Daily VideoDecember 7, 2012
“ABCs” Help Turn Around Failing Schools
Three years ago, Broadmoor Middle School in east Baton Rouge, Louisiana was on the brink of failure. The school, where 95 percent of students are eligible for free or reduced lunch, had a suspension rate of 50 percent, and roughly one in four students was failing.
These numbers were so troubling that the administration started to look for a way to turn things around. Rather than go with traditional turnaround models, the school decided to try a program called Diplomas Now.
Diplomas Now is a data-driven model that targets students who show early signs that they may drop out of high school later, and provide them with extra assistance. In addition to tracking test scores, Diplomas Now takes a comprehensive look at a student’s time in school, including tardiness, unexcused absences and misbehavior.
All of these factors, says Diplomas Now founder Professor Robert Balfanz, help academic and social care professionals “really map where the schools and where the kids are.”
The program then aims to use this data to improve the ABCs: attendance, behavior and course performance.
“We recognized a lot of kids needed daily nagging and nurturing,” Balfanz said. “Someone to say, ‘I am excited to see you in school today.'”
Broadmoor and other Diplomas Now schools get outside help from City Year, a national service organization, and Communities in Schools, a nonprofit that determines student needs and provides social services to address them. They work with students in and out of the classroom connect with students.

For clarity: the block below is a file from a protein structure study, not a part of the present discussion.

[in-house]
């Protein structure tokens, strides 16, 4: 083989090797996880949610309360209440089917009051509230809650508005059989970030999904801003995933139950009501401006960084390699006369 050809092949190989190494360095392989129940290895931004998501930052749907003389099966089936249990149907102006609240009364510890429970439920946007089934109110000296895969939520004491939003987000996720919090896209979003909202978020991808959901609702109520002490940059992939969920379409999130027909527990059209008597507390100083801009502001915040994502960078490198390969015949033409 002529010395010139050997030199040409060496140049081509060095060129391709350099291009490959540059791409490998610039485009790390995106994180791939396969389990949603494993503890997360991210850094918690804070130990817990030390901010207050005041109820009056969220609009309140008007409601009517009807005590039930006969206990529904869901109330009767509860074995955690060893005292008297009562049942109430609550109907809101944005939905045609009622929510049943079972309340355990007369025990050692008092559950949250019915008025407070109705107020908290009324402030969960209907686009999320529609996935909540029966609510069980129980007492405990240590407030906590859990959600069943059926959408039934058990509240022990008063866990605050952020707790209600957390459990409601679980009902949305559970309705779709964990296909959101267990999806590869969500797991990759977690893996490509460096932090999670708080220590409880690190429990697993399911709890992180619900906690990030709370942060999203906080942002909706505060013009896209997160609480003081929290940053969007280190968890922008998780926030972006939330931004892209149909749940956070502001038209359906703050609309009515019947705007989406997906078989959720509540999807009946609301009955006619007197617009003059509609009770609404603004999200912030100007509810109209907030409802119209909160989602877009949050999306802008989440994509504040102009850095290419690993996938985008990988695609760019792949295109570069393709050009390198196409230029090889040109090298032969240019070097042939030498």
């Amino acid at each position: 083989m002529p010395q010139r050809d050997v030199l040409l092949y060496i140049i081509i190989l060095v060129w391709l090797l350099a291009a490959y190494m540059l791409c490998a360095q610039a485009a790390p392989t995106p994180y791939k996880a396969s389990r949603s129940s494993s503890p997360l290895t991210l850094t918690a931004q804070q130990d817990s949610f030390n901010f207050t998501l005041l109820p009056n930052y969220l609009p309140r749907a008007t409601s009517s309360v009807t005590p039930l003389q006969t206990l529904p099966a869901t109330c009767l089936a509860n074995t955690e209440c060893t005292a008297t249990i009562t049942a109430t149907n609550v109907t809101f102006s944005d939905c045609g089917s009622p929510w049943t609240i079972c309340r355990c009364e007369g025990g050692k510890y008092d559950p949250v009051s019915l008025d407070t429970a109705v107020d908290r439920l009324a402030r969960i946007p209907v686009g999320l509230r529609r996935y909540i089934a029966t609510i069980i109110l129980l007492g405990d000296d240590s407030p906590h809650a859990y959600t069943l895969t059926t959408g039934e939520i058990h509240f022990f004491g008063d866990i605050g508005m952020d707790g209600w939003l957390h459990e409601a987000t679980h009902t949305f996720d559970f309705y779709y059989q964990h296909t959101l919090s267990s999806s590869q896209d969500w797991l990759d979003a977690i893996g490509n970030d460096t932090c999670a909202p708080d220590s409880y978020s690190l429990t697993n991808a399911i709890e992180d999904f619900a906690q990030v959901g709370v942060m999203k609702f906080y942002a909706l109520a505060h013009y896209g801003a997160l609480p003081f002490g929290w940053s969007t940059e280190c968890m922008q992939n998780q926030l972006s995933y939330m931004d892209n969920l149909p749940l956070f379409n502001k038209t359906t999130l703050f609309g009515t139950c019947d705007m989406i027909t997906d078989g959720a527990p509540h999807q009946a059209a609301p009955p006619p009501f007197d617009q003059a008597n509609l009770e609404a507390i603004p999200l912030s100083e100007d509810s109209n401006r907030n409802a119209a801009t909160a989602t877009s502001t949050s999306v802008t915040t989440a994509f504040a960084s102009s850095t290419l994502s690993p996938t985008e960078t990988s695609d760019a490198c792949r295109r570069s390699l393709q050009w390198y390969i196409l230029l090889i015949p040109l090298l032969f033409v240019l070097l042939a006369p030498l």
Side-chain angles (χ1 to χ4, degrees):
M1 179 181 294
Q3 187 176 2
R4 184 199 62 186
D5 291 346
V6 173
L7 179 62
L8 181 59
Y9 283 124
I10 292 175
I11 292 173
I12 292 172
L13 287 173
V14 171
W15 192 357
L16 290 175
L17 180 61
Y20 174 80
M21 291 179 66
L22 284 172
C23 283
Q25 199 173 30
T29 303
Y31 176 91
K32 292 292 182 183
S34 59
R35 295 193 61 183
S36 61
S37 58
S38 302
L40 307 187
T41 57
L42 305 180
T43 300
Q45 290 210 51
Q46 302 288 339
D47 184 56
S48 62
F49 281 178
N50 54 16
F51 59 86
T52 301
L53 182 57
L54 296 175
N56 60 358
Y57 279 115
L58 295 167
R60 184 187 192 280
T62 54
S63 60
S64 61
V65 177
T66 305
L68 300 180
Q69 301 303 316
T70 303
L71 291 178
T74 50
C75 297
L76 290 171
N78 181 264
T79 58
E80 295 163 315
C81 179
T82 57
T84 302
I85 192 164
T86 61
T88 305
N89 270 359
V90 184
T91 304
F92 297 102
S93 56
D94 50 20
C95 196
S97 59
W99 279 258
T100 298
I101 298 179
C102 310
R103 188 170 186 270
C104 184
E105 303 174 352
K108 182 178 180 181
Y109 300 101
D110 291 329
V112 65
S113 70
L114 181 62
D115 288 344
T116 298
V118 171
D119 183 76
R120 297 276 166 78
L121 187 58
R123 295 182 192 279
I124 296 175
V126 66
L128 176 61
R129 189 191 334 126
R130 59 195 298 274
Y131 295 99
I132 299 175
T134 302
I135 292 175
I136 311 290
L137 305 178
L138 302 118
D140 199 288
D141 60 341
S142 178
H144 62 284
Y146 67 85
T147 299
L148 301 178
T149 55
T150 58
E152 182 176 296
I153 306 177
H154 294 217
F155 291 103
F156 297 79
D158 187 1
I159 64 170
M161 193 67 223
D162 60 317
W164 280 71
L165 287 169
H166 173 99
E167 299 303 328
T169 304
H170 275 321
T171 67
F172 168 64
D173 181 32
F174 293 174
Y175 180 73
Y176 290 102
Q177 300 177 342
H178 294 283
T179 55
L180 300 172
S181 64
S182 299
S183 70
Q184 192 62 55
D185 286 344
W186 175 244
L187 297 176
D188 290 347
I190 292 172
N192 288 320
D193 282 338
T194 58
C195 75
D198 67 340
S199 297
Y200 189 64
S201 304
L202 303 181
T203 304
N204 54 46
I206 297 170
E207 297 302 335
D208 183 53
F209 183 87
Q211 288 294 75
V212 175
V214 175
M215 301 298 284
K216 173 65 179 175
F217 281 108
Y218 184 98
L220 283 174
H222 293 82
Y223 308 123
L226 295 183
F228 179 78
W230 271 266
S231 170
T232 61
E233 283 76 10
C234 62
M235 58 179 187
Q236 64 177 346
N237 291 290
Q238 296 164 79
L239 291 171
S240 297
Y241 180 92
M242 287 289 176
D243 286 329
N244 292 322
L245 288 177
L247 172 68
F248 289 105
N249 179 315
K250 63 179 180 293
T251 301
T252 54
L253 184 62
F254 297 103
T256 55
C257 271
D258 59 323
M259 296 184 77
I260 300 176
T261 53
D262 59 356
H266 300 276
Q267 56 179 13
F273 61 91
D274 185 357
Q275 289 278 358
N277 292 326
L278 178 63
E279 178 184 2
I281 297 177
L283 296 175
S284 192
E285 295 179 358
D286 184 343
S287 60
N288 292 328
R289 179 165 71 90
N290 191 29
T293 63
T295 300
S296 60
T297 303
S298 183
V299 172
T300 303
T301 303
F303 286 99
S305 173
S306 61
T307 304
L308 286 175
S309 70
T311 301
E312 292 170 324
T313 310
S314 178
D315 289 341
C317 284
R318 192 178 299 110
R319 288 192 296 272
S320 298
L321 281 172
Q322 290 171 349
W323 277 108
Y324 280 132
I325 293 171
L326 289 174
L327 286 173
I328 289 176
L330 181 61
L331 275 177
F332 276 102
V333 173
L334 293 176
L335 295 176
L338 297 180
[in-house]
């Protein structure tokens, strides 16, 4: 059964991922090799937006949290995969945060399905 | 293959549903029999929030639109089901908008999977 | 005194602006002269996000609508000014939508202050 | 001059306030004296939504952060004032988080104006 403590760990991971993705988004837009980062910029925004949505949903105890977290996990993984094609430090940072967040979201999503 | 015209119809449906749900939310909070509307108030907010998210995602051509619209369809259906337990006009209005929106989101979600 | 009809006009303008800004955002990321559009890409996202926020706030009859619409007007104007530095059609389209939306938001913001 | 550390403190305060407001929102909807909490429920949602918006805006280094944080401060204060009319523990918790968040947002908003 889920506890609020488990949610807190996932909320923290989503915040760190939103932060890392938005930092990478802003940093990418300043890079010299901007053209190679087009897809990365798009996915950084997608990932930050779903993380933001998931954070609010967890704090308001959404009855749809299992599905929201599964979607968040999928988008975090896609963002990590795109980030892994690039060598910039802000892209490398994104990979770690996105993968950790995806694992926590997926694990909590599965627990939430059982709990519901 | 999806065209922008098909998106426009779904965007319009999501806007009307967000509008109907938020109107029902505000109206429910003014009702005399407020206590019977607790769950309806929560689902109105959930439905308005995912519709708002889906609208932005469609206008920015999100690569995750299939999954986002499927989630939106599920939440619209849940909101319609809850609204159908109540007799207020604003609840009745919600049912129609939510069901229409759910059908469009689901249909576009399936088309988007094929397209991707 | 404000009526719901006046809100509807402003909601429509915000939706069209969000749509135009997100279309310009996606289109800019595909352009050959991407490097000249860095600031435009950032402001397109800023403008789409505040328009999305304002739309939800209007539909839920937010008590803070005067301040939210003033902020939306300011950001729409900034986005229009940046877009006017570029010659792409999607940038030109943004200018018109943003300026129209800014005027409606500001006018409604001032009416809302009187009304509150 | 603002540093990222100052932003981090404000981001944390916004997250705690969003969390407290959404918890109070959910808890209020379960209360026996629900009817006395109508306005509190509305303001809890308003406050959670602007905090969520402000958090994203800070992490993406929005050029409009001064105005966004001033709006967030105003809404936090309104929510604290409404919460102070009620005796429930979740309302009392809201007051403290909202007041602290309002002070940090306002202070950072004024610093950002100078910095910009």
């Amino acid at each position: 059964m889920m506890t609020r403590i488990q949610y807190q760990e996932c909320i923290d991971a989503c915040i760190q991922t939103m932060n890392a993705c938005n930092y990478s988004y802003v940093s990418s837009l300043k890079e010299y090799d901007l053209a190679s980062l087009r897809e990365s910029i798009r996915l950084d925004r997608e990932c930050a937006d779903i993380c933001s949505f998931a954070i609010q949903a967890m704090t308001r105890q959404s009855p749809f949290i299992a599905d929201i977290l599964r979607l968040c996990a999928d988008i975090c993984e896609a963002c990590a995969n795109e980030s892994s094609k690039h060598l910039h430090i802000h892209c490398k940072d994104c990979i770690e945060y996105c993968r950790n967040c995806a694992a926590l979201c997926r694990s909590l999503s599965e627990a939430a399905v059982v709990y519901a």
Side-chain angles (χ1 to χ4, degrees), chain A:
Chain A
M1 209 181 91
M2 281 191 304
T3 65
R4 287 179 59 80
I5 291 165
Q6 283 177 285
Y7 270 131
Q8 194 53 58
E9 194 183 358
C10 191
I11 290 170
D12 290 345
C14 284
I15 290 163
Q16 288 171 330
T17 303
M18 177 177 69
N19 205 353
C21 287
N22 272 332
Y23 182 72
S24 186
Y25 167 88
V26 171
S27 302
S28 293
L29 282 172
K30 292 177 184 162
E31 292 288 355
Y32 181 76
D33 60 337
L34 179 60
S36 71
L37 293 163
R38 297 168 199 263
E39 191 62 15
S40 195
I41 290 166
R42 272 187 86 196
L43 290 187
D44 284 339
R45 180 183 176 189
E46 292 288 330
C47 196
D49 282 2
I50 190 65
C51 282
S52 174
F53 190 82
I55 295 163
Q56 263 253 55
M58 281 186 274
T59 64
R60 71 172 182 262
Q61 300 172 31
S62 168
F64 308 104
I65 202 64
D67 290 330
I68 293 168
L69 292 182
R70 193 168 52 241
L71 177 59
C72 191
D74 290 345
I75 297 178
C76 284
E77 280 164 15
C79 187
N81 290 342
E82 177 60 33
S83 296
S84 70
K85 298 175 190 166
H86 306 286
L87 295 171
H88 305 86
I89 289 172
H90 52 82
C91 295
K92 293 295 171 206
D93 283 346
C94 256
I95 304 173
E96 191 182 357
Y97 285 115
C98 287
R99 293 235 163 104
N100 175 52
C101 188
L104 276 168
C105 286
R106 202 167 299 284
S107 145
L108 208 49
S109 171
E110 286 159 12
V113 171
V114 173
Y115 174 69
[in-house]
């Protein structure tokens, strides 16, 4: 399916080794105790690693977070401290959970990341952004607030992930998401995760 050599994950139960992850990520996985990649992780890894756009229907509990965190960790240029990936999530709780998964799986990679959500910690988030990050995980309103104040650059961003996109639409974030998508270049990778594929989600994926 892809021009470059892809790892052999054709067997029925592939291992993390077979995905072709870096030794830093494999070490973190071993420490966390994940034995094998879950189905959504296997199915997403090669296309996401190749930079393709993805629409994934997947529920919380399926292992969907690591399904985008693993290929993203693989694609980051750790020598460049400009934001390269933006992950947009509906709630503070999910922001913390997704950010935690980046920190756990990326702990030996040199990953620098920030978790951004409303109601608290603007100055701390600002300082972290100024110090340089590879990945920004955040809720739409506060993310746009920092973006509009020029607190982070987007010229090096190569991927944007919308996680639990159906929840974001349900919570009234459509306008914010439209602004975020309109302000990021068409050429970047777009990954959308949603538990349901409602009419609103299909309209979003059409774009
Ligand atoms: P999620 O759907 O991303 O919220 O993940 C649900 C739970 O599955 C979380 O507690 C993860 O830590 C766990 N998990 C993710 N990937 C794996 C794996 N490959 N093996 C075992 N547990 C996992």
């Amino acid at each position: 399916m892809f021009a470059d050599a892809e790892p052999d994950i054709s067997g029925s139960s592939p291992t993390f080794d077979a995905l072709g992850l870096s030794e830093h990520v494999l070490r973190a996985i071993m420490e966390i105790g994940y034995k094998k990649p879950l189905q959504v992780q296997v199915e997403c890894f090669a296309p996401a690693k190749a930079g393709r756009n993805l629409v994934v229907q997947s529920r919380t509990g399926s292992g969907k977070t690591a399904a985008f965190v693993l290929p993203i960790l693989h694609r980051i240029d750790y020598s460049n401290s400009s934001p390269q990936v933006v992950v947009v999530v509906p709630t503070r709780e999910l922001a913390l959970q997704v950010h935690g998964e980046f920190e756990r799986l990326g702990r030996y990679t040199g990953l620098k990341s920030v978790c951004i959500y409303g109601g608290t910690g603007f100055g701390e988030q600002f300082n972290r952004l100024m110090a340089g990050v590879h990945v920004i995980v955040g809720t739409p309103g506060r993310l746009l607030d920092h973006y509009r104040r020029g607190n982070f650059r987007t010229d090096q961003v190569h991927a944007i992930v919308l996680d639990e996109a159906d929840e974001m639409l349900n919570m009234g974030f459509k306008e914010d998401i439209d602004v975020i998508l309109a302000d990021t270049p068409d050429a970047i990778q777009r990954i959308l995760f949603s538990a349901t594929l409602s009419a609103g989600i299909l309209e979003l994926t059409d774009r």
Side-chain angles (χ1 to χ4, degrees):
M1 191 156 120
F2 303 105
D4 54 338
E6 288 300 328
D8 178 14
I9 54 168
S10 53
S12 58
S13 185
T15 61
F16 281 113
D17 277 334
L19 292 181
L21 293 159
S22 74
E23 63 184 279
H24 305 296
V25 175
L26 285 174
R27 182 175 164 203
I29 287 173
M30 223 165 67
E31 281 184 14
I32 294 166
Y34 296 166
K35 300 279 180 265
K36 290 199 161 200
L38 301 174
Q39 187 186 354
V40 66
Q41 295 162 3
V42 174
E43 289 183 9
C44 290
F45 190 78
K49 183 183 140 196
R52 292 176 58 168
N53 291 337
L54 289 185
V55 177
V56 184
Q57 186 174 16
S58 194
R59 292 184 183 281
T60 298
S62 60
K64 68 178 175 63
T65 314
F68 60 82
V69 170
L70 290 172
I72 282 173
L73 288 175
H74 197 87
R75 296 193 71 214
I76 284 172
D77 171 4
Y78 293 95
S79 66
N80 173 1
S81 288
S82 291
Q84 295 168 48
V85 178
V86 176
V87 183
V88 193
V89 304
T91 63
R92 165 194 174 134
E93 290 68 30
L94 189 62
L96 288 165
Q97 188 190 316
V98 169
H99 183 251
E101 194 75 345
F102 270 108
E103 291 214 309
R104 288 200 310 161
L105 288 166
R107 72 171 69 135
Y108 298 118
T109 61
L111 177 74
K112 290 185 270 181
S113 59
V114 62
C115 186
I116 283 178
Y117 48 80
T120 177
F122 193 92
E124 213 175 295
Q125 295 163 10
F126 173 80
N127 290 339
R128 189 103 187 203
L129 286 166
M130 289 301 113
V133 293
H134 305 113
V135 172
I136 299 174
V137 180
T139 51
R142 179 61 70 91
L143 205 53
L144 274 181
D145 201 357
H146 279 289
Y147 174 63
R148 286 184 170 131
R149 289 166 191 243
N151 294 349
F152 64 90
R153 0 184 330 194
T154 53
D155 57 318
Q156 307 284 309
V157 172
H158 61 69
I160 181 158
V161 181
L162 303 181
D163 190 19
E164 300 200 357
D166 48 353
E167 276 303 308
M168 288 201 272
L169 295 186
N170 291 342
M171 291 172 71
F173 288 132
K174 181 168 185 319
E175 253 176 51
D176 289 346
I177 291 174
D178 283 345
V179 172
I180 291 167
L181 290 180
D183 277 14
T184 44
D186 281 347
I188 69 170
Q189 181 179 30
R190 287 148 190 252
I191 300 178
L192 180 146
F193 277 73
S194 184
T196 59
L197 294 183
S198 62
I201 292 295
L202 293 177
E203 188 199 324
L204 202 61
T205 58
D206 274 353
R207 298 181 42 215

After three years with the program, Broadmoor Middle School has seen their suspension rate fall to 15 percent and their failure rate drop to 7 percent. However, some issues that keep students from succeeding occur outside the school; an area where teachers and volunteers cannot always help.
Warm up questions
1. What makes you want to come to school?
2. Does your school have any programs designed to keep kids in school?
3. How do you think your school’s graduation rate compares to others?
1. Why is it important to get a high school diploma?
2. Do you know anyone who has dropped out of school? If so, why did they drop out?
3. Do you think more personalized attention will help keep kids from dropping out?
4. What other things do you think schools could do to keep kids in school?
Tooltip of related stories
Tooltip of more video block
Submit Your Student Voice
August 21, 2017, will provide an out-of-this-world experience for millions of Americans when the moon passes between the sun and earth, climaxing with momentary darkness. This scientific event is called a solar eclipse. Continue readingArts & CultureEconomicsHealthScienceSocial StudiesU.S.UncategorizedWorld
Use this PBS NewsHour video and discussion questions to teach your students about the events in Charlottesville. Extension activities include the history of Confederate monuments and the debate as to whether or not the statues should remain standing. Continue readingArts & CultureEconomicsHealthScienceSocial StudiesU.S.UncategorizedWorld
Today’s Daily News Story provides video, key terms and discussion questions to help teachers talk with their students about the events in Charlottesville, Virginia. Continue readingArts & CultureEconomicsHealthScienceSocial StudiesU.S.UncategorizedWorld
Montpelier, the home of James Madison, the fourth president of the United States, recently opened a new permanent exhibit at the Virginia estate to inform visitors about Madison’s slaves and the lives they led. Continue readingArts & CultureEconomicsHealthScienceSocial StudiesU.S.UncategorizedWorld
As high-density, industrial-scale livestock feeding operations become the norm, farmers have had to take extra steps to keep animals healthy. Illnesses and diseases grow and spread quickly when large numbers of similar animals are kept in close proximity. Continue readingArts & CultureEconomicsHealthScienceSocial StudiesU.S.UncategorizedWorld